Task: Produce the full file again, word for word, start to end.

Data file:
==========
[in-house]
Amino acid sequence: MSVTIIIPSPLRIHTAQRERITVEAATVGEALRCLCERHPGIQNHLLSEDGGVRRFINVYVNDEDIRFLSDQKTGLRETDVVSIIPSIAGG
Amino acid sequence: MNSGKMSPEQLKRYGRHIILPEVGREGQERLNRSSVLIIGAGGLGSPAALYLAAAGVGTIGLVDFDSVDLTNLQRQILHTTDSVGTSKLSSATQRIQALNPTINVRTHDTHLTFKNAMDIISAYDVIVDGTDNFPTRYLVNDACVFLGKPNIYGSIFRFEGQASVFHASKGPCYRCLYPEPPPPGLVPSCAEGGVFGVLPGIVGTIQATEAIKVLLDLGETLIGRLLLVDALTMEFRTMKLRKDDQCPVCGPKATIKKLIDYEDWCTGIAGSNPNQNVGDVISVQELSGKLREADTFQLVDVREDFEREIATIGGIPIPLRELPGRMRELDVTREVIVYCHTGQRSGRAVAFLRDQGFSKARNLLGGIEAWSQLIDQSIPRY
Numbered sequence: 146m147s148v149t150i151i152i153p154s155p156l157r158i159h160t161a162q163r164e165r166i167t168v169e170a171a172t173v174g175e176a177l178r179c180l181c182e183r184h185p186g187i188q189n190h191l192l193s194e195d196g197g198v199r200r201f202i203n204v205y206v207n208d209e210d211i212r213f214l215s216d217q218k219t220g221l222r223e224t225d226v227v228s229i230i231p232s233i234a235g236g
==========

[in-house]
Amino acid sequence: MSVTIIIPSPLRIHTAQRERITVEAATVGEALRCLCERHPGIQNHLLSEDGGVRRFINVYVNDEDIRFLSDQKTGLRETDVVSIIPSIAGG
Amino acid sequence: MNSGKMSPEQLKRYGRHIILPEVGREGQERLNRSSVLIIGAGGLGSPAALYLAAAGVGTIGLVDFDSVDLTNLQRQILHTTDSVGTSKLSSATQRIQALNPTINVRTHDTHLTFKNAMDIISAYDVIVDGTDNFPTRYLVNDACVFLGKPNIYGSIFRFEGQASVFHASKGPCYRCLYPEPPPPGLVPSCAEGGVFGVLPGIVGTIQATEAIKVLLDLGETLIGRLLLVDALTMEFRTMKLRKDDQCPVCGPKATIKKLIDYEDWCTGIAGSNPNQNVGDVISVQELSGKLREADTFQLVDVREDFEREIATIGGIPIPLRELPGRMRELDVTREVIVYCHTGQRSGRAVAFLRDQGFSKARNLLGGIEAWSQLIDQSIPRY
Numbered sequence: 146m147s148v149t150i151i152i153p154s155p156l157r158i159h160t161a162q163r164e165r166i167t168v169e170a171a172t173v174g175e176a177l178r179c180l181c182e183r184h185p186g187i188q189n190h191l192l193s194e195d196g197g198v199r200r201f202i203n204v205y206v207n208d209e210d211i212r213f214l215s216d217q218k219t220g221l222r223e224t225d226v227v228s229i230i231p232s233i234a235g236g